Have you ever played in a band? With all due respect, I’m not talking about your high school or grade school band. Have you ever played in a band for money? Do you know what it feels like to play a guitar, a sax, a piano, an acoustic or electric bass, the drums, or a trumpet, or any instrument, in a band, on a stage, while the crowd claps, sways, and reacts to every note and beat that’s being played? You can’t buy a pill, or any dope, or alcohol that will give you the high, the rush, that playing in a band gives you. When you’re 16, 17 or 18 years old it’s a high you can’t forget.

Somehow, when I was a freshman in 1957, I was asked to join my high school’s big jazz band. I was pretty good on the trumpet. And, I was most anxious to find out if I was good enough to play with them, so I nervously said okay. Our band was loosely fashioned after the Count Basie and Duke Ellington big band jazz bands.


This is not my trumpet.
This trumpet belongs to

I’ll try to explain the high I experienced when I played with them the first time. This was my first time playing in front of a large audience. On the stage, with the curtain closed, I heard the crowd talking and milling around. As soon as the crowd heard us taking our places on the bandstand behind the curtain, playing a few notes just to stay warmed up, they started clapping and whistling. I was nervous. The curtains remained closed when we started playing our theme song, The Baby Sitter Blues. After about 5 or 6 bars, the tall red, velvet curtains began to slowly open. The more open the curtains, the louder they cheered and clapped and the louder we played. Maybe I had led a sheltered life, but the emotional high, the rush, virtually overwhelmed me. I had a hard time playing; all I wanted to do was just sit there and smile and savor and listen to the crowds emotional response to our music. I almost, not quite, but almost, couldn’t believe I was a part of what was causing that audience to feel so good.

Our sound and beat was complete and big.


I don’t want to even pretend, or give you the impression; our jazz band was as great as The Duke or The Count. That was just not possible. However, there’s one dimension of our band’s sound that we had in common with The Duke, The Count and the other great jazz bands. Our sound, their sound was based on natural sound. There was no tall wall of Peavey speakers and amplifiers stretched across the back of our stage. No one was at a control panel, somewhere in the dark, manipulating the sound or the balance of the various instruments, making our band sound louder (or quieter) than we were. Like their bands, our sound was right in your face, unaltered, coming directly from the instruments (not speakers), right in front the audience. What we played is what they heard.

Today, when big jazz bands play, the power of their all-natural sound is still immense and intense. My 2 sons will testify to this intensity, as a result of me escorting them to a Count Basie concert (against their better judgement) when they were in high school, in the 80s. They were astounded, by how loud The Basie Band could play, without “amplification”. My sons loved the music and still do. Even today, when these bands play, there is no wall of speakers and amps. What the audience hears is what the band plays.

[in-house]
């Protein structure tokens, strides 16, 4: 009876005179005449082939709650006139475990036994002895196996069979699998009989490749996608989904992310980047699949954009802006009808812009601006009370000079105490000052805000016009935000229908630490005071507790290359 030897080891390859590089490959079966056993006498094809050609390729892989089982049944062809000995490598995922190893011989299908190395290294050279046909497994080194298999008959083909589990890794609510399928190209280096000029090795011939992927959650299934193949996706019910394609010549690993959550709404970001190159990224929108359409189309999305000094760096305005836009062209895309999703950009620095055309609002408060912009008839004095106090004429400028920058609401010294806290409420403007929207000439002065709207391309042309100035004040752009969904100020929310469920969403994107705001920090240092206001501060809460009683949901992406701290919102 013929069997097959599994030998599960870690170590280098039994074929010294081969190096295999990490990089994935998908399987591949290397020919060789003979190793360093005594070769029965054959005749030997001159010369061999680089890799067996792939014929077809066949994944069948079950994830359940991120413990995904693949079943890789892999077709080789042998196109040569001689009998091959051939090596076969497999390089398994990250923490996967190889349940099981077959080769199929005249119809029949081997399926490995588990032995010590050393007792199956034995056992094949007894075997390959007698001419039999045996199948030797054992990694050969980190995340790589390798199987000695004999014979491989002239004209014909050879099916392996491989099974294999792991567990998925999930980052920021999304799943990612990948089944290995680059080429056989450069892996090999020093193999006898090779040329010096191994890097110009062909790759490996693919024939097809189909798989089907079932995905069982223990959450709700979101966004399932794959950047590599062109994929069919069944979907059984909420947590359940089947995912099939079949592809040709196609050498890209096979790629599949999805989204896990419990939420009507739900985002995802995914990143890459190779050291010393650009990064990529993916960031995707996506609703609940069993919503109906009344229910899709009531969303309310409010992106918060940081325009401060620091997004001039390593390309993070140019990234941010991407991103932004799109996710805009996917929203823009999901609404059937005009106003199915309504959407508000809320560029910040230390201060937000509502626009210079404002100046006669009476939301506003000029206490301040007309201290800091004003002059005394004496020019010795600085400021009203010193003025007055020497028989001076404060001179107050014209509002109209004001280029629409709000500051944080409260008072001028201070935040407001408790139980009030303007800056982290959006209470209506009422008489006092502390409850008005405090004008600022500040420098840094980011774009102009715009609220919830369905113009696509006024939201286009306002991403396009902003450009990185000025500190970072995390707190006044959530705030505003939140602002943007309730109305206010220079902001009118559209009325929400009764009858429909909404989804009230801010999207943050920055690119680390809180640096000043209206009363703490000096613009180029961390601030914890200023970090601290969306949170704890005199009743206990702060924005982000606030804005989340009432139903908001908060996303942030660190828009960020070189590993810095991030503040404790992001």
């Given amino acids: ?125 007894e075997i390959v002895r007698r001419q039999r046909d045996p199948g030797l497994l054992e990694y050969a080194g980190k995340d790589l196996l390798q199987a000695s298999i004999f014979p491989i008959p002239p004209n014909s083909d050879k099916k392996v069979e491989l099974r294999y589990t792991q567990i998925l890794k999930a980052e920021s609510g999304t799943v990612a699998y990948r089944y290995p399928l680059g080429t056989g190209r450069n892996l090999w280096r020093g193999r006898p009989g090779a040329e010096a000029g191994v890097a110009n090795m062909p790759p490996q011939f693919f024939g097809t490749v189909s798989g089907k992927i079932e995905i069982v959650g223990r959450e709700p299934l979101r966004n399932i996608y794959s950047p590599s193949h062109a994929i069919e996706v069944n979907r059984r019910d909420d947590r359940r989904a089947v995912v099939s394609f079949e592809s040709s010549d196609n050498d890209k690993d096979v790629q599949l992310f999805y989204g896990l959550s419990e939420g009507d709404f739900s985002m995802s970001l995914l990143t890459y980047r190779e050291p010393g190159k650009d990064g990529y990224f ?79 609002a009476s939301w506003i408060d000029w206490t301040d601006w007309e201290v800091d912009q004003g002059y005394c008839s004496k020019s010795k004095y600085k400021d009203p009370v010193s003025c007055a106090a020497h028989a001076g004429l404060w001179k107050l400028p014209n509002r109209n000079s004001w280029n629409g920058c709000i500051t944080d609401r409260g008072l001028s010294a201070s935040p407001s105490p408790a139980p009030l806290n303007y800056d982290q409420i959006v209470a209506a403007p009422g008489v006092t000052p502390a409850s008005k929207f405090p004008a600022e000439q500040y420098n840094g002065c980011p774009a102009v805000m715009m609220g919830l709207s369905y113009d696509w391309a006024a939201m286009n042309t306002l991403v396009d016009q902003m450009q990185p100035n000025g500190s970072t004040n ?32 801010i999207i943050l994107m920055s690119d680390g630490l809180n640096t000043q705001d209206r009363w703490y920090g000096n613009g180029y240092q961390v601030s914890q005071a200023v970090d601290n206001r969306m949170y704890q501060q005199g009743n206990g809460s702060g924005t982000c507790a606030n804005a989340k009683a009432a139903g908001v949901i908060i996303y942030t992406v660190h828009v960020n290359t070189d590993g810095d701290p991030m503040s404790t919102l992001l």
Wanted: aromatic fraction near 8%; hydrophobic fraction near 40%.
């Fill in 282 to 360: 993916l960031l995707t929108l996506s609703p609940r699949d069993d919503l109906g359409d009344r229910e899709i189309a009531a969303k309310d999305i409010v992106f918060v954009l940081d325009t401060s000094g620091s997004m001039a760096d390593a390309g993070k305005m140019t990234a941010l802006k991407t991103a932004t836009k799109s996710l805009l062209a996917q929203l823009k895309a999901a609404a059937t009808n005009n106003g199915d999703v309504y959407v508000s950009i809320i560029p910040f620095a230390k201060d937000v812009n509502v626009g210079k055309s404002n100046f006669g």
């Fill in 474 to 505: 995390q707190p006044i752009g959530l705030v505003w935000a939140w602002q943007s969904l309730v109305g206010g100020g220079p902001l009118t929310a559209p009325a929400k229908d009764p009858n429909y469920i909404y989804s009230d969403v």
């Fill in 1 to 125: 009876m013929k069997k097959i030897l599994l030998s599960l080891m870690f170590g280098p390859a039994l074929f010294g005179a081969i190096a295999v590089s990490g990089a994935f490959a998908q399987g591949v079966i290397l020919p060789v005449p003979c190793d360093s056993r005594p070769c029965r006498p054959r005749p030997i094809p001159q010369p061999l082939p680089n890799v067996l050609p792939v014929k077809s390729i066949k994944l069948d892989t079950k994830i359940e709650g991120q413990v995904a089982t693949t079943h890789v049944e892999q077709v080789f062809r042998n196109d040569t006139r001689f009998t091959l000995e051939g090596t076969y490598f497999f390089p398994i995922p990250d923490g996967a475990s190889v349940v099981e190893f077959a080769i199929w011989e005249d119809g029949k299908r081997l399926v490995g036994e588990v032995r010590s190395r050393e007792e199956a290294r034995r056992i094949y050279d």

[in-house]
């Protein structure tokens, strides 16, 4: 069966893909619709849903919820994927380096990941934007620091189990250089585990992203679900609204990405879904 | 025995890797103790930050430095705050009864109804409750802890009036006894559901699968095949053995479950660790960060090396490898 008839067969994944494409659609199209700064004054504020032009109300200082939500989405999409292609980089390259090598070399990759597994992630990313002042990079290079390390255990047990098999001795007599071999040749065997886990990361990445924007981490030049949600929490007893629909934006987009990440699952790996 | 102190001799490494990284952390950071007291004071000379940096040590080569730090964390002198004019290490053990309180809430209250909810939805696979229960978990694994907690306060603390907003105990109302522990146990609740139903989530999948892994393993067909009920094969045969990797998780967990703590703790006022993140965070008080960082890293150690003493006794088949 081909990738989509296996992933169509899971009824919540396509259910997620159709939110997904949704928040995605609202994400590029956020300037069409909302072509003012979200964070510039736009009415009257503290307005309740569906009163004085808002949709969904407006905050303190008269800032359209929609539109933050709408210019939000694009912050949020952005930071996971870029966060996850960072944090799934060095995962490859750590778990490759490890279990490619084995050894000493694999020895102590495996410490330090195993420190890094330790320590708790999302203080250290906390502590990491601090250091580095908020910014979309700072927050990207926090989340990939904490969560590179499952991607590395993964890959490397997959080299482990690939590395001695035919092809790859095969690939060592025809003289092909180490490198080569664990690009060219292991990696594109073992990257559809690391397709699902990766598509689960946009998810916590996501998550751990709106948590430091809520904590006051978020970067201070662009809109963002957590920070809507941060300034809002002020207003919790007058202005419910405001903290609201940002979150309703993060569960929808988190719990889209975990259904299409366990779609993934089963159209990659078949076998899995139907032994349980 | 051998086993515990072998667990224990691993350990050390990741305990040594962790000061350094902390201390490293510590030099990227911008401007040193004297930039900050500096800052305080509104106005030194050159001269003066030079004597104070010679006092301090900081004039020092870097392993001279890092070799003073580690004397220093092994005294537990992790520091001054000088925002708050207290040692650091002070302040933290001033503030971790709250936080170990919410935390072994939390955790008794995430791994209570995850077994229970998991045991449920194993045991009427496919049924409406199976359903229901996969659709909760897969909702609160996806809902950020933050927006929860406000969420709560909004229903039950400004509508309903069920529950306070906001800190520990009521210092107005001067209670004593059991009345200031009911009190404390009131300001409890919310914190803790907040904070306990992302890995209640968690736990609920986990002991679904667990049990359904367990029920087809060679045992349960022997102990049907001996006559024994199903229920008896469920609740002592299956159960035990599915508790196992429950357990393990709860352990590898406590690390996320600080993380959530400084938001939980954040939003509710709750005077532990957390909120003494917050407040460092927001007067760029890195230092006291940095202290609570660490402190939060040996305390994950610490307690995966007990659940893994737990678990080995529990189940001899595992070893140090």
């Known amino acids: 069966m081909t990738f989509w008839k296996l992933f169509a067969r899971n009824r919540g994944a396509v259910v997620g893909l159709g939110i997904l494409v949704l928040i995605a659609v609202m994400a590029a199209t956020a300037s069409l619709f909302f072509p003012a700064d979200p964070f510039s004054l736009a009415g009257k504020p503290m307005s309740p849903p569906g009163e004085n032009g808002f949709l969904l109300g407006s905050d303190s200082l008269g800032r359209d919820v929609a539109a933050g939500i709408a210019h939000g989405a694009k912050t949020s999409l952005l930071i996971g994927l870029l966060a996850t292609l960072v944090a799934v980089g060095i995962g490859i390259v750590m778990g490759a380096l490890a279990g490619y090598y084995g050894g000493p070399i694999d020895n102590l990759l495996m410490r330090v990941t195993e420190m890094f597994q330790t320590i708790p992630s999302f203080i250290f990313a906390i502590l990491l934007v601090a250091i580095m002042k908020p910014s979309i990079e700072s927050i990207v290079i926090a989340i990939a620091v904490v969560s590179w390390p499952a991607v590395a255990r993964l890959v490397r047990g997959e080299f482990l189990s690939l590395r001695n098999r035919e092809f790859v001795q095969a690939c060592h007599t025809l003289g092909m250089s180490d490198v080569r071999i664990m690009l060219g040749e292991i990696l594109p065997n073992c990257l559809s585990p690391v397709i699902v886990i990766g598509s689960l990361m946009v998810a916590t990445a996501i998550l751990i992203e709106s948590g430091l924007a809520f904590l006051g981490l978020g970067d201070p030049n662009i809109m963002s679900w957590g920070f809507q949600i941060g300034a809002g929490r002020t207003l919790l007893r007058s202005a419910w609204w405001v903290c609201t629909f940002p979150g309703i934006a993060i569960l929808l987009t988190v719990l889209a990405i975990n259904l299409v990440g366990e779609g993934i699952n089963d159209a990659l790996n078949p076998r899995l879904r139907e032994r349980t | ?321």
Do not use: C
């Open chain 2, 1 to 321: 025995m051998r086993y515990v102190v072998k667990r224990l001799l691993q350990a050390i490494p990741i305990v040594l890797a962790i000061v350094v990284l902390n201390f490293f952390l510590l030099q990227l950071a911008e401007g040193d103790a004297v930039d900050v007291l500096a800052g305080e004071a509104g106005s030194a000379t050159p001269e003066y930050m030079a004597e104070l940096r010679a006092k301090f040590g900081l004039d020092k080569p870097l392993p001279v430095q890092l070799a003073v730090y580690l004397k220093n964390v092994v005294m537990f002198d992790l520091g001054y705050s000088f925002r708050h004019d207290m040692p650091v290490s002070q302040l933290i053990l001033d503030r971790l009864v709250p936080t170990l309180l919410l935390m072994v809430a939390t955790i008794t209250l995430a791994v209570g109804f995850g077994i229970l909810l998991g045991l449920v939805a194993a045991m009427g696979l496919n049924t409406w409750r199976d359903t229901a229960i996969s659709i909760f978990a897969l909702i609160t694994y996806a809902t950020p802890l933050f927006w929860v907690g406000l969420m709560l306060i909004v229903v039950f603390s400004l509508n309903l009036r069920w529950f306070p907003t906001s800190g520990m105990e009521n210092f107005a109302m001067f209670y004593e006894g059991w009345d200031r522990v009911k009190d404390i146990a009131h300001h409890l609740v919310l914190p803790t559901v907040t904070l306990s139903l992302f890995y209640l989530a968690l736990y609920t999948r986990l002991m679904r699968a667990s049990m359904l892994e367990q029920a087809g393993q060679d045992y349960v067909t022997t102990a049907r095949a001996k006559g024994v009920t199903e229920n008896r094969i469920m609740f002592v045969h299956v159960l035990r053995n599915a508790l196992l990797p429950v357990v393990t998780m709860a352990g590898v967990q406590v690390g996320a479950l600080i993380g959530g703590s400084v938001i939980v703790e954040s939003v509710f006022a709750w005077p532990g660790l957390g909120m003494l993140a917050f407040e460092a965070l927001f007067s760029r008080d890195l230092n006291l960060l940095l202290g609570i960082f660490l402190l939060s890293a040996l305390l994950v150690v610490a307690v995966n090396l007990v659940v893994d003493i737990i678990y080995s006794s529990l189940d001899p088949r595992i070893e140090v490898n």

To prove it, listen to this recording… DIMINUENDO AND CRESCENDO IN BLUE by Duke Ellington. This arrangement is 15 minutes of high energy, penetrating rhythm, astonishing musicianship and audience participation. What The Duke’s band played, is what the crowd heard. Again, this is honest, unaltered sound. DIMINUENDO AND CRESCENDO IN BLUE becomes more spontaneous with each beat and each note. What you hear was recorded live (1956 Newport Jazz Festival, Newport, RI.), that means there are no studio touch ups on this tape. Towards the end, the crowd is almost as loud as Duke’s band. Saying the crowd is excited is an understatement.

Turn up the volume…if you don’t like it you can always stop it…

This next video is from a concert in Amsterdam, Holland, 1958. It’s the same piece with a slightly different arrangement. In this video notice the lack of speakers. You see a few microphones scattered about, but that’s it. You’re hearing natural sound, without a lot of manipulation.

Time marches on, but what would be most enjoyable is to have time march to the beat of big band jazz.



    • Go for it right now. You can learn and once you’re playing that piano for fun, that piano, music, almost any music, is one of the best ways to disconnect for a while and simply live in your world, unhampered.

  1. We were privileged to go to Count Basie orchestra concert at the Wigan jazz festival some years ago. I will never forget how the hairs on the back of neck stood up when that first trumpet note was played …..POOOOOOOOOOOOOW!

    Don’t know how I got to your blog ,….. sorry netpub ( that’s a new word to me) ,

    just lazily following one link too another from other blogs. I was looking for ” retirement”

    Really enjoyed reading it though.

    As one retiree to another, keep up the good work.

    Love from England

    • Denise… Thanks for taking the time to stop by and listen and enjoy the music, which made my day! And, from what I see in your netpub, music is a very noticeable part of your life also. Your website is eclectic and that makes it a fun place to read and learn. I’ll be back!

  2. What a rush that must have been to get that instant feedback on your performance. Thanks for sharing your experience. I do love Duke Ellington. His “Take the A Train” and “Mood Indigo” are among my favorites.

    • Yes, the feedback was instant, virtually overwhelming, and the moment was brief, however… that memory will last a lifetime. Yes, you can’t top the The Duke and the Count ! Thanks for taking the time to read it.

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